- The Washington Times - Sunday, August 5, 2007

Many Comcast customers throughout the area hoping to watch the Nationals-Cardinals game last night were frustrated and puzzled when they turned on their sets and saw a broadcast of “Star Trek” on WDCA-20, and a message on MASN2 saying the game was blacked out.

The game was supposed to be televised on Channel 20, which means an automatic blackout on MASN2. But neither station carried the game until the fifth inning, when the Nationals led 5-1. Not only were Nationals fans upset, but team president Stan Kasten was positively livid as he vented his frustrations in the press box.

In a forceful tirade spiced with words that can’t be printed in a family newspaper, an angry Kasten, who said he did not know what caused the problem, said that Comcast was telling its viewers that the Nationals ordered the blackout because of low attendance at RFK.

“On no occasion — none, nada, never — are the Nationals involved,” he said in a tone that can be best described as agitated. “We are always the victims. And it happened tonight.”

Added Kasten, “They do this [expletive] all the time. The notion is stupid. … We are the last people to have any control over any of this.”

Later, Kasten came in and, still worked up, said sarcastically, “I have decided to put the game back on. It must have been when I was chatting with you all. Isn’t that nice for me to do that? … Apparently they are no longer blaming the Nats for doing it.”

McGeary visits

The tall, lanky teenager wearing a long-sleeved T-shirt, baggy shorts and sneakers and leaning against the cage during batting practice wasn”t just any anyone lucky enough to score a field pass.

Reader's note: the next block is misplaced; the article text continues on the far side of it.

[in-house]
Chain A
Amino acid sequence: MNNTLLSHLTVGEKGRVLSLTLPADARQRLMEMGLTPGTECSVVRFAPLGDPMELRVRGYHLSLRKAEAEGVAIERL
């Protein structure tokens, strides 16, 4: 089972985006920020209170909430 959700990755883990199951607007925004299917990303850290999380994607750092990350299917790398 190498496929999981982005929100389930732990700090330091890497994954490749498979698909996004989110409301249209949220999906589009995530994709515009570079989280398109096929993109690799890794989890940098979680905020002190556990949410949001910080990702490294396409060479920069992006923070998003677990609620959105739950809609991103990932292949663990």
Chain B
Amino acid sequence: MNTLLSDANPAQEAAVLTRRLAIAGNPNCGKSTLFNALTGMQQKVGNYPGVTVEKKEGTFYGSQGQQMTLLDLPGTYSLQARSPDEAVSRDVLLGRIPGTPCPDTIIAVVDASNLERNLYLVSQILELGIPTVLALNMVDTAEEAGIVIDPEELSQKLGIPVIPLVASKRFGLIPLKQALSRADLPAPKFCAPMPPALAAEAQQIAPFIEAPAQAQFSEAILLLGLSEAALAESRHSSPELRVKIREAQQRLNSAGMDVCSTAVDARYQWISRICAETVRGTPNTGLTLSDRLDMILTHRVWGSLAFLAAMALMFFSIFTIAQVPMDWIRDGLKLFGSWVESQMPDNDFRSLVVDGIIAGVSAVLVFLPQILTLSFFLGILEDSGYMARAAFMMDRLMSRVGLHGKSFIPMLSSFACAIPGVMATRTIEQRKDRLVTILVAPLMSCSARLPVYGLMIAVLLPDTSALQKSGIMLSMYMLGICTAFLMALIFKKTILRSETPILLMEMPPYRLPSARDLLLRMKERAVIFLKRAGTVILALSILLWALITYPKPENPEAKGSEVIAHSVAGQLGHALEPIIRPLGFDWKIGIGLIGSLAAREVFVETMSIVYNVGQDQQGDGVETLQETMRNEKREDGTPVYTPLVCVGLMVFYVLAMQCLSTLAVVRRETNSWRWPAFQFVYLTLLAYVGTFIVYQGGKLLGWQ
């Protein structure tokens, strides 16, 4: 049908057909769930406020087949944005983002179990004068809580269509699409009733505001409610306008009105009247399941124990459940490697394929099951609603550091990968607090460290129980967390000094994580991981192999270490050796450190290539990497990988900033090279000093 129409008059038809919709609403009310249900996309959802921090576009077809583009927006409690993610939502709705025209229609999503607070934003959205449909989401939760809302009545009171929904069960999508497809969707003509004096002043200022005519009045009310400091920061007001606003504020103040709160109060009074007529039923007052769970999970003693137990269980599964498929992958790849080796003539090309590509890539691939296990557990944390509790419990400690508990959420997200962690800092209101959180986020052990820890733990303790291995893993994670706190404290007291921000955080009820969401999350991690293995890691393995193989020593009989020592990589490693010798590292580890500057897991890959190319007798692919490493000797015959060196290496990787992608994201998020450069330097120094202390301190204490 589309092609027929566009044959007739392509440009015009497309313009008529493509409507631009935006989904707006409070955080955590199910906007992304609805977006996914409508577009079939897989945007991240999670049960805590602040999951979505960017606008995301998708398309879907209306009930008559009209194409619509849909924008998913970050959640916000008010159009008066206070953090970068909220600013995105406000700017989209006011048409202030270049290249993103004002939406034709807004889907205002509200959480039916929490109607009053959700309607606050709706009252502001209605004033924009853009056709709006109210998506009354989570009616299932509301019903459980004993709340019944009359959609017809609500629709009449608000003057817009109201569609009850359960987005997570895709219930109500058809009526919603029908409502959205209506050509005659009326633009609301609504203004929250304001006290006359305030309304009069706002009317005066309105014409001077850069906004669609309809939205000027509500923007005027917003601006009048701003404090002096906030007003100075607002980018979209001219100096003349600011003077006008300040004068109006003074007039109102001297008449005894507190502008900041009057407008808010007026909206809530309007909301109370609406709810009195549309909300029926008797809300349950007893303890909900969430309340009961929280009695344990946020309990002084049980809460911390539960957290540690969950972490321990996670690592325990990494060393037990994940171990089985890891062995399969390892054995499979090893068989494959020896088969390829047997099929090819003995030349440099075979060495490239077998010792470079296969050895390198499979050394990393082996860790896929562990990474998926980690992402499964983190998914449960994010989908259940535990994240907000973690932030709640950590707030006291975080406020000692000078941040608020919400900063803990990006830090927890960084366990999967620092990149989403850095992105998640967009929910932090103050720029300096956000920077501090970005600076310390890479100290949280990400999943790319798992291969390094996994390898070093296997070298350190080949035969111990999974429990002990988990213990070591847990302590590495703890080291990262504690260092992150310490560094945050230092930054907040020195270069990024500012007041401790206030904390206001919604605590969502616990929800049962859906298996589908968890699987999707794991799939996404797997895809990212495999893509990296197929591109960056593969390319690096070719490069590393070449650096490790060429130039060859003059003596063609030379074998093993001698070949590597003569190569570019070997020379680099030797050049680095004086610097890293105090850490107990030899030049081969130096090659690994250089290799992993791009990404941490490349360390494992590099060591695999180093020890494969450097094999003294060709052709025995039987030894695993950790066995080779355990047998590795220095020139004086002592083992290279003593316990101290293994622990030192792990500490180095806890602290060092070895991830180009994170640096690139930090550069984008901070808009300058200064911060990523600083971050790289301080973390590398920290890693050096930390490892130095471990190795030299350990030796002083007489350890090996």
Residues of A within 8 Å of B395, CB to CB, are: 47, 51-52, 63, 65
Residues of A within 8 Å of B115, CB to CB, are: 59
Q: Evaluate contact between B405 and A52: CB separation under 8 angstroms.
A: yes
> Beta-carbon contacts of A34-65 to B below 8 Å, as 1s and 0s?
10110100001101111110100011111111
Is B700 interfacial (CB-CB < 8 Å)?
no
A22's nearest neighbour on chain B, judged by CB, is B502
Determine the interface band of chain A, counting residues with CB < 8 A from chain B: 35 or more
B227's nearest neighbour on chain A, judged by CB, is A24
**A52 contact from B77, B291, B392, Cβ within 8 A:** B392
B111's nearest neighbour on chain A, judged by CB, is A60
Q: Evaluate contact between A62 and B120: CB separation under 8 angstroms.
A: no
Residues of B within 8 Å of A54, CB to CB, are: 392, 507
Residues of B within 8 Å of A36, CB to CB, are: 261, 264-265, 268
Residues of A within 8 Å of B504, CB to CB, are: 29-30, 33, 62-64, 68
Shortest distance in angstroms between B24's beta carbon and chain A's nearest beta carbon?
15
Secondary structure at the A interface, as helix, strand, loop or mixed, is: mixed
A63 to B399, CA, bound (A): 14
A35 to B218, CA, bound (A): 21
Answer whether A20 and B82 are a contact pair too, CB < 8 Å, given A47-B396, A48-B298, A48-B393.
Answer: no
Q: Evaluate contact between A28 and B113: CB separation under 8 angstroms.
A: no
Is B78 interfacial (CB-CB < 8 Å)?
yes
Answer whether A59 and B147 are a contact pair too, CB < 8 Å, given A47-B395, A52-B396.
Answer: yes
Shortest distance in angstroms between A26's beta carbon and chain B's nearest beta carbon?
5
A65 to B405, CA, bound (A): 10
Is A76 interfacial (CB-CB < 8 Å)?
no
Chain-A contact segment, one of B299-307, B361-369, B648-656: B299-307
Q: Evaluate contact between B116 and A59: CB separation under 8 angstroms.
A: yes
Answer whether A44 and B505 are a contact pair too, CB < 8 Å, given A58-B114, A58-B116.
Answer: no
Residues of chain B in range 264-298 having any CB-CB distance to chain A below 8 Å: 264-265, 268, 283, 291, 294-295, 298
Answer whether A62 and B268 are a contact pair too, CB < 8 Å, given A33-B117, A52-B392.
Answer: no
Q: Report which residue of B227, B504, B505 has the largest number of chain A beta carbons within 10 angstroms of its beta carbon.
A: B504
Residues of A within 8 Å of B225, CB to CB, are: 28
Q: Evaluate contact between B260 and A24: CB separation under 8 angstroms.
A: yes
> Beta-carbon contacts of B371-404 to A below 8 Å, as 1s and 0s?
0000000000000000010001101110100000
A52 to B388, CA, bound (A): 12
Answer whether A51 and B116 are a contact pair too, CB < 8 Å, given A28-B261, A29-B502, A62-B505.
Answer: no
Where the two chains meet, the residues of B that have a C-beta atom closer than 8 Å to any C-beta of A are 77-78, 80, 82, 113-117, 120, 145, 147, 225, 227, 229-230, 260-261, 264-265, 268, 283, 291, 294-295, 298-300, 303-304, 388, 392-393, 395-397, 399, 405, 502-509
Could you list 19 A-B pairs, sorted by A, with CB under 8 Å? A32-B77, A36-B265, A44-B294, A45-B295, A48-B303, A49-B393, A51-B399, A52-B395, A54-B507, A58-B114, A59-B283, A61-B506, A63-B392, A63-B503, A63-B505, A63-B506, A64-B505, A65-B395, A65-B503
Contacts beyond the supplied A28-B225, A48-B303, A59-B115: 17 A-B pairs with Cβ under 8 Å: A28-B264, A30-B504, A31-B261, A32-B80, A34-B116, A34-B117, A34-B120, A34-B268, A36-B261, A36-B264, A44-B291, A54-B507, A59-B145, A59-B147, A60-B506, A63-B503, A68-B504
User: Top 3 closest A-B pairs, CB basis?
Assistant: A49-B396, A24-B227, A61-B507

He was Jack McGeary, a pitcher whom the Nationals drafted during the sixth round in June.

The Nationals are trying to persuade McGeary, a left-hander who starred at Roxbury (Mass.) Latin High School, to sign instead of attending Stanford. Because school starts in a few weeks, there is a sense of urgency.

Word is that McGeary might have been taken in the first round if not for his college intentions. He might change his mind if the Nationals pay him like a first-rounder, but it seems doubtful the sides will come to terms.

Still, the Nationals are giving it a shot. Accompanied by an “advisor,” (prospective college players aren’t allowed to have agents), McGeary, who toured the city with his family on Friday, was introduced to several players by Nationals general manager Jim Bowden and Dana Brown, the director of baseball operations. Other than saying hello to reporters, McGeary chose not to discuss his situation, nor did team officials.

Hill fares well

Injured Nationals right-hander Shawn Hill made his second rehab start last night, and it was a good one. Pitching for Class A Potomac, Hill pitched four innings, allowing one run on no hits and one walk. He had two strikeouts.

Hill was 3-3 with a 2.70 ERA before going on the disabled list on May 14 with a left shoulder sprain. He is expected to make another rehab start in the minors on Thursday.

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